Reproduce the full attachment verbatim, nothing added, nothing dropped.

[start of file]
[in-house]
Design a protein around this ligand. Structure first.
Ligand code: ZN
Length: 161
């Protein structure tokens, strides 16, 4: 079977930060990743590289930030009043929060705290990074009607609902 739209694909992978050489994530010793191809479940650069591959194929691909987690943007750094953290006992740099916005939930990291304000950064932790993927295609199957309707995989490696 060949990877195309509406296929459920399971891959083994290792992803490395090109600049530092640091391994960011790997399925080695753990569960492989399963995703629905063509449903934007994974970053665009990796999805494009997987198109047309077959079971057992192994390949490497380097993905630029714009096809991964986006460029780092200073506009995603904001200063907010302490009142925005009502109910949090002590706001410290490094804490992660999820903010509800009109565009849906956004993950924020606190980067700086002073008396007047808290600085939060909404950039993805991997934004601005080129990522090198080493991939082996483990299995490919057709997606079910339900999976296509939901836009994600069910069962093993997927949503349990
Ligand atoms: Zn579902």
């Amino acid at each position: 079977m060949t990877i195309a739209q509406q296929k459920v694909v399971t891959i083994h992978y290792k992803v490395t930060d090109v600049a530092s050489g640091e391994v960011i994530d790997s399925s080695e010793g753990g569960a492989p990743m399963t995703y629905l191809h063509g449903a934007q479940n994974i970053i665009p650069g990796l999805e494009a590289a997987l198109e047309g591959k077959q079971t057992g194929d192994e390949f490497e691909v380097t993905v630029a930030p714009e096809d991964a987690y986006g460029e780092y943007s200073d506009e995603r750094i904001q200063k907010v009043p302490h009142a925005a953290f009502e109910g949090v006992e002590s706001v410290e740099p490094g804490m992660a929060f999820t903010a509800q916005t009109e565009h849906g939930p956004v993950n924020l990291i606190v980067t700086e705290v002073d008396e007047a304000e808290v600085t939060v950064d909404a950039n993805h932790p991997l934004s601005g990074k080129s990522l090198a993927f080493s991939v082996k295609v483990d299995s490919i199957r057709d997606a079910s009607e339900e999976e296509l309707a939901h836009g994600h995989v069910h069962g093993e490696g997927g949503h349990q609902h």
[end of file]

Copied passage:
[in-house]
Design a protein around this ligand. Structure first.
Ligand code: ZN
Length: 161
């Protein structure tokens, strides 16, 4: 079977930060990743590289930030009043929060705290990074009607609902 739209694909992978050489994530010793191809479940650069591959194929691909987690943007750094953290006992740099916005939930990291304000950064932790993927295609199957309707995989490696 060949990877195309509406296929459920399971891959083994290792992803490395090109600049530092640091391994960011790997399925080695753990569960492989399963995703629905063509449903934007994974970053665009990796999805494009997987198109047309077959079971057992192994390949490497380097993905630029714009096809991964986006460029780092200073506009995603904001200063907010302490009142925005009502109910949090002590706001410290490094804490992660999820903010509800009109565009849906956004993950924020606190980067700086002073008396007047808290600085939060909404950039993805991997934004601005080129990522090198080493991939082996483990299995490919057709997606079910339900999976296509939901836009994600069910069962093993997927949503349990
Ligand atoms: Zn579902």
């Amino acid at each position: 079977m060949t990877i195309a739209q509406q296929k459920v694909v399971t891959i083994h992978y290792k992803v490395t930060d090109v600049a530092s050489g640091e391994v960011i994530d790997s399925s080695e010793g753990g569960a492989p990743m399963t995703y629905l191809h063509g449903a934007q479940n994974i970053i665009p650069g990796l999805e494009a590289a997987l198109e047309g591959k077959q079971t057992g194929d192994e390949f490497e691909v380097t993905v630029a930030p714009e096809d991964a987690y986006g460029e780092y943007s200073d506009e995603r750094i904001q200063k907010v009043p302490h009142a925005a953290f009502e109910g949090v006992e002590s706001v410290e740099p490094g804490m992660a929060f999820t903010a509800q916005t009109e565009h849906g939930p956004v993950n924020l990291i606190v980067t700086e705290v002073d008396e007047a304000e808290v600085t939060v950064d909404a950039n993805h932790p991997l934004s601005g990074k080129s990522l090198a993927f080493s991939v082996k295609v483990d299995s490919i199957r057709d997606a079910s009607e339900e999976e296509l309707a939901h836009g994600h995989v069910h069962g093993e490696g997927g949503h349990q609902h």